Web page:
• quantity and quality of evidence they expect to get during the audit.

For example, an audit team leader may include an expert when auditing:

  • a complex direct measurement method developed by the audited body to measure its emissions or other information
  • legal opinions prepared by the audited body around the interpretation of key regulatory requirements or terms.

If an audit team leader plans to include an expert in the team, they should:

  • assess the skills and objectivity of the expert
  • get evidence that the expert's assurance procedures are appropriate and cover the identified assurance risks
  • ensure the whole audit team, including the expert, gathers evidence to support the conclusions made by the expert.

The audit team should help guide the expert, especially if the expert hasn't done an audit before.

The audit team leader should keep records of any testing, evidence or reports completed by experts.

Documenting the selection of the peer reviewer

The audit team leader should document the selection and appointment of a peer reviewer in the audit file. It should include details about:

  • how the peer reviewer met the impartiality, expertise and characteristics requirements
  • what the peer reviewer did and how they were involved throughout the audit
  • the outcome of the peer review.

We may need this documentation when we inspect a greenhouse and energy auditor's registration.

Audit standards

There are several national and international standards auditors use when conducting assurance engagements.

Audit team leaders must ensure that audits comply with all relevant audit standards set by the Australian Auditing and Assurance Standards Board. Under section 2.5(c) of the Determination, this includes Australian Standard on Assurance Engagements (ASAE) 3000 Assurance Engagements Other than Audits or Reviews of Historical Financial Information. Depending on the subject matter of the audit, auditors may also need to comply with:

  • ASAE 3100 Compliance Engagements
  • ASAE 3410 Assurance Engagements on Greenhouse Gas Statements
  • ASAE 3450 Assurance Engagements involving Corporate Fundraisings and/or Prospective Financial Information

Auditors may also follow relevant standards published by the International Organisation for Standardisation (ISO), including:

Auditors may also use the APES 110 Code of Ethics for Professional Accountants, issued by the Accounting Professional and Ethical Standards Board.

Quality management systems

A robust quality management system must be in place for all auditors.

For audits undertaken in compliance with ASAE 3000, ASAE 3100 or ASAE 3410, the quality management system must comply with ASQM 1 Quality Management for Firms that Perform Audits or Reviews of Financial Reports and Other Financial Information, or Other Assurance or Related Services Engagements (ASQM 1).

Peer reviews undertaken in compliance with ASAE 3000, ASAE 3100 or ASAE 3410 must comply with ASQM 2 Engagement Quality Reviews (ASQM 2).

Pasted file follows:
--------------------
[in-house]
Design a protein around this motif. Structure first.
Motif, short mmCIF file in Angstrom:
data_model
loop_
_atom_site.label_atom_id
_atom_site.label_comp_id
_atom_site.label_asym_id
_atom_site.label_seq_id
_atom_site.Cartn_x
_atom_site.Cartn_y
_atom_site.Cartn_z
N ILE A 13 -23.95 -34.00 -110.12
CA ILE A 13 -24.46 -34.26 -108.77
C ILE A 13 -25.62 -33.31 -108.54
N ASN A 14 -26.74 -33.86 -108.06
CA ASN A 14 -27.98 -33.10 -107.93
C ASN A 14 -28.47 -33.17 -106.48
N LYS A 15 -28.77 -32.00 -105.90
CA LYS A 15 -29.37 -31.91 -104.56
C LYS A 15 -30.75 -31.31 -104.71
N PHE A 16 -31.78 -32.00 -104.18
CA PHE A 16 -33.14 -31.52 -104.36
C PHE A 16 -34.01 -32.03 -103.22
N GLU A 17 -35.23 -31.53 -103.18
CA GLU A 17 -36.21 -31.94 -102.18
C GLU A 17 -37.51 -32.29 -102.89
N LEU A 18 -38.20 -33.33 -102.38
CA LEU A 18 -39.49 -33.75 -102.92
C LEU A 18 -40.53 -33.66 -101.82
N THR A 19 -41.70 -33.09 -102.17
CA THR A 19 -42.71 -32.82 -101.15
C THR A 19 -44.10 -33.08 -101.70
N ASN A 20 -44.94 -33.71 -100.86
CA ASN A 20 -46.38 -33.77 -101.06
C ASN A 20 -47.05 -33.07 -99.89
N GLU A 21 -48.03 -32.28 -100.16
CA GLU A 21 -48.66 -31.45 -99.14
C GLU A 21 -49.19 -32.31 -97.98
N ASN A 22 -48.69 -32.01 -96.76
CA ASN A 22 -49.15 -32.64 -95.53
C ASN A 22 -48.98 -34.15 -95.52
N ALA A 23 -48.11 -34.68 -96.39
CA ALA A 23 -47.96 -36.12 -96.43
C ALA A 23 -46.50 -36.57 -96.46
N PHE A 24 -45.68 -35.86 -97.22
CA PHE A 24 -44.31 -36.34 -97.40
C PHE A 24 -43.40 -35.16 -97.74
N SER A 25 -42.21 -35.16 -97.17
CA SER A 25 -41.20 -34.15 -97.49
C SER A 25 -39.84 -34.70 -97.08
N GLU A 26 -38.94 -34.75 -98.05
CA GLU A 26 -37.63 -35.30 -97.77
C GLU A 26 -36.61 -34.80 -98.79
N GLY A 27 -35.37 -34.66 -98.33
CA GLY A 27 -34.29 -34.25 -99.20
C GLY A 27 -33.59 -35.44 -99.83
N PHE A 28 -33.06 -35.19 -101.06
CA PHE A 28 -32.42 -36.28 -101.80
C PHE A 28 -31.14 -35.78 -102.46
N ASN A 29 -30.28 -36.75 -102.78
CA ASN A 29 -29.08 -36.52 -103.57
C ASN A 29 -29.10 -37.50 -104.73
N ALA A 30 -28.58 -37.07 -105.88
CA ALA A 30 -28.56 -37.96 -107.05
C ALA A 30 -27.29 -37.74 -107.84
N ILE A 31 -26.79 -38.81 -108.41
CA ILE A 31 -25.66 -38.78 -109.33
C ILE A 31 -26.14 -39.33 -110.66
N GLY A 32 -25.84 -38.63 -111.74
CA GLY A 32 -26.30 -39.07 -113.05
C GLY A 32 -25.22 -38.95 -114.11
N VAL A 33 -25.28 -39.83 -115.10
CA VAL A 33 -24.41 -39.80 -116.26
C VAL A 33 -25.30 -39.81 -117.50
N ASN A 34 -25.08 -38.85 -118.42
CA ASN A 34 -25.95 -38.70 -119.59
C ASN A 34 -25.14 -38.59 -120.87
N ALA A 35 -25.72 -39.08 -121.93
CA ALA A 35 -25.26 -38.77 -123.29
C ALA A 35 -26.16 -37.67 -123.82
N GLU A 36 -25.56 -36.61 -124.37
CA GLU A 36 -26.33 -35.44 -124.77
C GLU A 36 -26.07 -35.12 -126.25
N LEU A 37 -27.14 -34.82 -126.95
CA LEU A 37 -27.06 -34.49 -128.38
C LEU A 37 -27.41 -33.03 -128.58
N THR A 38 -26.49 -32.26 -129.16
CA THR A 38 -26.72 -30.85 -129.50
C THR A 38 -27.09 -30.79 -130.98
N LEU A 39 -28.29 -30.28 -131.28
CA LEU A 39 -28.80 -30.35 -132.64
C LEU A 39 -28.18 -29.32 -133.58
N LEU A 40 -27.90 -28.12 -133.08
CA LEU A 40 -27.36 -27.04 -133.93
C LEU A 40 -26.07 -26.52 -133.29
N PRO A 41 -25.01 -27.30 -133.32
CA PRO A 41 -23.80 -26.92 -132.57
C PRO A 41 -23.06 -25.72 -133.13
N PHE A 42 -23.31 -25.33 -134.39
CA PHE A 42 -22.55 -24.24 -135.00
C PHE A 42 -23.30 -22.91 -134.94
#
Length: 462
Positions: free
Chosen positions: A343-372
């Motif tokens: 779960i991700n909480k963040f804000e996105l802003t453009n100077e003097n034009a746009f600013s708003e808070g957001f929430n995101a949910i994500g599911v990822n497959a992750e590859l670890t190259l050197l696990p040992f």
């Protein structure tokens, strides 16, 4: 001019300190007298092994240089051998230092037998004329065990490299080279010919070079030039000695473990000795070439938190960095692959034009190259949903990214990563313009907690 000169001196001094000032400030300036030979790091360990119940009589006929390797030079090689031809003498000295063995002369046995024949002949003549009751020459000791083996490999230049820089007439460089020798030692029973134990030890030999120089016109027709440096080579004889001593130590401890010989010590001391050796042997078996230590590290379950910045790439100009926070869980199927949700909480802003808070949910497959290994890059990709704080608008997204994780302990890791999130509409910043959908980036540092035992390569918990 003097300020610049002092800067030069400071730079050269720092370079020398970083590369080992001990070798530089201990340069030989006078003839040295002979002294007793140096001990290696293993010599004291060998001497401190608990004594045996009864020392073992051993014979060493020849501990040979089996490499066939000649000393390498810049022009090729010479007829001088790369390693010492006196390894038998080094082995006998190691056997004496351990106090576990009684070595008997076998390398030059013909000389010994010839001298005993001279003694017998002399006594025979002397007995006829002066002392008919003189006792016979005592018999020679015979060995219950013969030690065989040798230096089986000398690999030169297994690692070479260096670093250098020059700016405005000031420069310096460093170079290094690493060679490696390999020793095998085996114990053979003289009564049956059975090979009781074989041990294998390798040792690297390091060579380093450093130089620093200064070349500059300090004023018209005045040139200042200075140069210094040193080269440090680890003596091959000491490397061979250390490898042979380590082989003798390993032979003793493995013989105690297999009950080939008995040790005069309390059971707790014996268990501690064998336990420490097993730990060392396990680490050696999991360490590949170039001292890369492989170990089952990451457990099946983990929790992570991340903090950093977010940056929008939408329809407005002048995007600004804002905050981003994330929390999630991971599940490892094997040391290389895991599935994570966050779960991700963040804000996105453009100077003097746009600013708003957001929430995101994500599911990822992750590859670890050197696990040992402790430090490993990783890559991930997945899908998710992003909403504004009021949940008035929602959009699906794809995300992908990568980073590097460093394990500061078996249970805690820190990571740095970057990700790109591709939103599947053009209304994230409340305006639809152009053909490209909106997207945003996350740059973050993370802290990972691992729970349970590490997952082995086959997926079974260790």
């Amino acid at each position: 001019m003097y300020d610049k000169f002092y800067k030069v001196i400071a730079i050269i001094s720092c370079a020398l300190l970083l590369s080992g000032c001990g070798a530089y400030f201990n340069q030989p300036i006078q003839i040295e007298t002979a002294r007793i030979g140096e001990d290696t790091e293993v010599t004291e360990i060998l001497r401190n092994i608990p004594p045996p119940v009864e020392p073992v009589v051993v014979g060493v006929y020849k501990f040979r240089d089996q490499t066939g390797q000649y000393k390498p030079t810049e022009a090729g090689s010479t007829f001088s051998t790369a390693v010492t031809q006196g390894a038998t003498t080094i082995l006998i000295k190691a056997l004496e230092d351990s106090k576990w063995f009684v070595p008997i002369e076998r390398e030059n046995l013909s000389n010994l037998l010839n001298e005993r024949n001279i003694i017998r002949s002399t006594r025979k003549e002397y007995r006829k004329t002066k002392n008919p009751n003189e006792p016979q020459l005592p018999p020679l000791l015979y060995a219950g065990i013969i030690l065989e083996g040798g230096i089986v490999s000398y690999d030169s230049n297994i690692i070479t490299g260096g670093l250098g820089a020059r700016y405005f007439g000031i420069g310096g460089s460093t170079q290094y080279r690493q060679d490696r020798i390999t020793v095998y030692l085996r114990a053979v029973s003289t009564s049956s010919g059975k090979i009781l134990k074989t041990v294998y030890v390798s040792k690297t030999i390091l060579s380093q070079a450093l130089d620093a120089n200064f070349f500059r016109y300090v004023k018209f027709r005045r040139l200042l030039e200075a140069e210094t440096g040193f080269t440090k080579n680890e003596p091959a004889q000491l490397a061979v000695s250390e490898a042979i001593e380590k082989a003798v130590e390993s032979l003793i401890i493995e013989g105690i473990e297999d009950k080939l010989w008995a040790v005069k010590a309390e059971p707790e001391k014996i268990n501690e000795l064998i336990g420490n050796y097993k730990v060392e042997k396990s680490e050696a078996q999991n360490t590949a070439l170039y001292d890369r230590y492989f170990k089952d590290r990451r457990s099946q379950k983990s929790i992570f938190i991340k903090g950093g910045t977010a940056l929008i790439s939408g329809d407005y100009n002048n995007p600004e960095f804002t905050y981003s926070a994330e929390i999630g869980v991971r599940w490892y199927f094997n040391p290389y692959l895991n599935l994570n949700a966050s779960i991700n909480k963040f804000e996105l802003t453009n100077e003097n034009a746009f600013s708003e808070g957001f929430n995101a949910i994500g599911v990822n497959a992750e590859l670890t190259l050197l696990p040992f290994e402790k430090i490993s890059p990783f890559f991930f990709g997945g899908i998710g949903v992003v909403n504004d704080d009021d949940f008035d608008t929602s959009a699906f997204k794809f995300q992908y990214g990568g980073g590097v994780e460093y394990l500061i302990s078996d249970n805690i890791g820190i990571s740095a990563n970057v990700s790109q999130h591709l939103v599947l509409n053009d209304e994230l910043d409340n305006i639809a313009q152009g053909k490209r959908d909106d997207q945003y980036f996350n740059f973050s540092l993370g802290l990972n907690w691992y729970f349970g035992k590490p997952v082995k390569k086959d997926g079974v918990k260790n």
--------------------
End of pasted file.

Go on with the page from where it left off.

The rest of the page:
For more information, watch our webinar on quality management standards for audits.

Audit standard ASQM 1

ASQM 1 requires a firm to tailor the design, implementation and operation of its quality management system based on the:

  • nature and circumstances of the firm
  • types of engagements it performs.

ASQM 1 is structured around 2 processes and 6 components that are designed to operate in an iterative and integrated manner.

The 2 processes are:

  • risk assessment process
  • monitoring and remediation process.

The 6 components are:

  • governance and leadership
  • resources
  • information and communication
  • relevant ethical requirements
  • acceptance and continuance
  • engagement performance.

ASQM 1 requires a firm to evaluate and make an overall conclusion on the system of quality management at least annually.

The move from Australian Auditing Standard ASQC 1 to ASQM 1 reflects a greater focus on quality management over quality control. ASQM 1 promotes more proactive monitoring of the quality management system as a whole, including the effective and timely remediation of deficiencies.

Audit standard ASQM2

ASQM 2 is a new standard that has been developed to provide an increased focus on the rigour of the conduct of engagement quality reviews.

ASQM 1 outlines the importance of engagement quality reviews in managing quality risks. It includes criteria for when an engagement quality review is required. One of the requirements is when the appointment of an engagement quality review is required by legislation. All Part 6 audits require the appointment of a peer reviewer.

If an engagement quality review is required, then ASQM 2 comes into play and this standard addresses the selection of the individual to perform the review, how it is performed and what should be documented.

ASQM 2 places an increased focus on the objectivity of the peer reviewer, as having the right mindset is essential to effectively evaluating the judgements and conclusions of the engagement team.

ASQM 2 includes 2 key elements:

  • eligibility requirements for peer reviewers
  • performance of peer reviews.